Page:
# How can a balanced chemical equation be used to write an equilibrium-constant expression?

An equilibrium constant expression relates the concentrations of the species when the system reaches equilibrium. It allows us to calculate how the equilibrium concentrations change when we change the concentrations of any of the reactants or products.
We often consider a generic reaction of the form
2A + B ⇌ 3C +2D
The equilibrium constant expression for this reaction is
Keq = [C]³[D]²/[A]²[B]
where Keq is the equilibrium constant for the reaction. Keq does not depend on the original concentrations.Rather, the concentrations adjust during the reaction so that at equilibrium the concentrations satisfy the Keq expression.
The concentration of a solid of a liquid does not change during a reaction (although the amount does), so we omit it from the equilibrium constant expression.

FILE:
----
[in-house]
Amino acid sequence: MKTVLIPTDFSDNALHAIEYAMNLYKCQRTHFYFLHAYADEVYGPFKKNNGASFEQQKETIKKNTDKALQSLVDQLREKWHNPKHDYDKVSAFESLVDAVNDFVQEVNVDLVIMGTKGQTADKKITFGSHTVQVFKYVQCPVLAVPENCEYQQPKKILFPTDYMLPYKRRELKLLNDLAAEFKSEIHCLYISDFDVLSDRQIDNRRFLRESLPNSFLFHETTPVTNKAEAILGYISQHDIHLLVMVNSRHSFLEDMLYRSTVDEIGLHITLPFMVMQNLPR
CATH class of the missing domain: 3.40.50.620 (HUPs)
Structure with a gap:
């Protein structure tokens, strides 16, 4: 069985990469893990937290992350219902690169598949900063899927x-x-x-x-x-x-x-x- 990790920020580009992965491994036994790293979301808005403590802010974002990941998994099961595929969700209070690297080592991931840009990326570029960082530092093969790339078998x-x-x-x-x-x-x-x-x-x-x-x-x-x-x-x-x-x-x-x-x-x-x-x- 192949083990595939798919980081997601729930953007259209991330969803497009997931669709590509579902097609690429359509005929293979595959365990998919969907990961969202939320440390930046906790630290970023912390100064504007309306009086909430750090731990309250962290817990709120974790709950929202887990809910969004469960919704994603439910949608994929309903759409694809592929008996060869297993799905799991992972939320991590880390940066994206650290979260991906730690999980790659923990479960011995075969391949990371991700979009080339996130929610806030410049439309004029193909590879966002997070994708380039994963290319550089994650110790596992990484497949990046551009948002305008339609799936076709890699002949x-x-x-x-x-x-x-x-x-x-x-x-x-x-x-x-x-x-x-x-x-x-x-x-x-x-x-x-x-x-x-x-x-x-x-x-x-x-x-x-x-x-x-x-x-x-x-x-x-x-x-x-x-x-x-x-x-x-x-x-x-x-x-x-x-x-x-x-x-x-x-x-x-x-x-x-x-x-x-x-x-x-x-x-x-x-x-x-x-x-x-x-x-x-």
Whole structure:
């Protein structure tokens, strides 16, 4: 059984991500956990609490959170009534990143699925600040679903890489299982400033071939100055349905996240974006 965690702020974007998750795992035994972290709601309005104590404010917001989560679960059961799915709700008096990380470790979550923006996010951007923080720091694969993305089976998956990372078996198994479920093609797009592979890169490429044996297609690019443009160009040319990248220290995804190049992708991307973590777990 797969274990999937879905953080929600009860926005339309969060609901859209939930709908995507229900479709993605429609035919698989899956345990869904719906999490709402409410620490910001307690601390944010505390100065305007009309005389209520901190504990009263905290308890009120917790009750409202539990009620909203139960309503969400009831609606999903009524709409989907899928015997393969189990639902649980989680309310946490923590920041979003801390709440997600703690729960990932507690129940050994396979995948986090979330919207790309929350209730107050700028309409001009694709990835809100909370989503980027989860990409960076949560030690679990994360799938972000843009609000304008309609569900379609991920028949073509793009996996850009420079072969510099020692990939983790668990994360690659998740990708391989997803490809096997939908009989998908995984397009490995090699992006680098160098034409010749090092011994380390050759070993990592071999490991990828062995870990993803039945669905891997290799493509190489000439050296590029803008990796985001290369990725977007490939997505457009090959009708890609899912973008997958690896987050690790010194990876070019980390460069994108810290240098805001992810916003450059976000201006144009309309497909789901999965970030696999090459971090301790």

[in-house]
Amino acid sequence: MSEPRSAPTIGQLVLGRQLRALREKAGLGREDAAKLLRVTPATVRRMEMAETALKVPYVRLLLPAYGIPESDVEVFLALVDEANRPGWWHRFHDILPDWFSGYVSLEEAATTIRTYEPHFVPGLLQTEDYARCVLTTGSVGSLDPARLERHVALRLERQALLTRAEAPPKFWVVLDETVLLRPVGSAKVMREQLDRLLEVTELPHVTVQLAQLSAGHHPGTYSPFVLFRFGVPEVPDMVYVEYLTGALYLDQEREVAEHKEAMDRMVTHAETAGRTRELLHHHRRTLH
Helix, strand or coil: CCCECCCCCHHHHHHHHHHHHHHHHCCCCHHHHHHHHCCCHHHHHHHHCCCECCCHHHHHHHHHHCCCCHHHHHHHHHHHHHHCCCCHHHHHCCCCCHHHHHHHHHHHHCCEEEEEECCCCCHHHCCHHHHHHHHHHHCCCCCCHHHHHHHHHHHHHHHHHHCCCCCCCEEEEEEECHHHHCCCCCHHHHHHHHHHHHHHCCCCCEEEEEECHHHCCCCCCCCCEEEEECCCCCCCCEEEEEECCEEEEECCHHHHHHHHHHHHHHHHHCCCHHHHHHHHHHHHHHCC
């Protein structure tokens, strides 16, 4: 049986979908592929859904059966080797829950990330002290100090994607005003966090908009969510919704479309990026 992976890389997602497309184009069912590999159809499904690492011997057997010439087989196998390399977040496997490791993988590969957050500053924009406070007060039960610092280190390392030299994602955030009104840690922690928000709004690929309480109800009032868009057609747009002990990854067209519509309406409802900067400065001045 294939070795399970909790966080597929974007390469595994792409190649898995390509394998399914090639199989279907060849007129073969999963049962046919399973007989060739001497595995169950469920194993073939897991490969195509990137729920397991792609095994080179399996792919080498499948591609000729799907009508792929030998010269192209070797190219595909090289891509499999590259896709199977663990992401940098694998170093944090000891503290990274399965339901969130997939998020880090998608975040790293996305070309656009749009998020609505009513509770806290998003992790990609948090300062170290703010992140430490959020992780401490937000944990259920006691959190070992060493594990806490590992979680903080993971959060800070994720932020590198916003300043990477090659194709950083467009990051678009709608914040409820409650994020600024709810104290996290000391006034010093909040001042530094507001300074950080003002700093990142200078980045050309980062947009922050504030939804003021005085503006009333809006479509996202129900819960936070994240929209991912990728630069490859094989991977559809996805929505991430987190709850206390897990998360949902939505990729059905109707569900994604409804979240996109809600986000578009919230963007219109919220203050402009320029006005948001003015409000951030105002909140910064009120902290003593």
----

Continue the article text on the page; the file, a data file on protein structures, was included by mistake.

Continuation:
For example, if we had the reaction 2A(aq) + B(s) ⇌ 3C(aq) + 2D(l), we would omit the concentrations of A and D from the equilibrium constant expression and write Kc = [C]³/[A]², where the subscript c indicates that we are using concentrations.
For gaseous reactions, we can use the partial pressures of the gases in the reaction instead of the molar concentrations. This equilibrium constant is denoted Kp.
Kp =Pc³Pd²/Pa²Pb. Again, if any of the components is a solid or a pure liquid, we omit its pressure from the equilibrium constant expression.
Let’s use the balanced for some reactions to write the corresponding equilibrium constant expressions.
N₂(g) + 3H₂(g) ⇌ 2NH₃(g)
Kc = [NH₃]²/[N₂][[H₂]³
Kp = P(NH3)²/{P(N2)P(H2)³}
BaO(s) + CO₂(g) ⇌ BaCO₃(s)
Kc = 1/[CO₂]
Kp = 1/P(CO₂)
CH₃COOH(aq) + C₂H₅OH(aq) ⇌ CH₃COOC₂H₅(aq) + H₂O(l)
Kc = [CH₃COOC₂H₅]/{[CH₃COOH][C₂H₅OH]}
Note again that, whenever a component is a solid or a liquid, that component does not appear in the equilibrium constant expression.
Here’s a lecture video on this topic:

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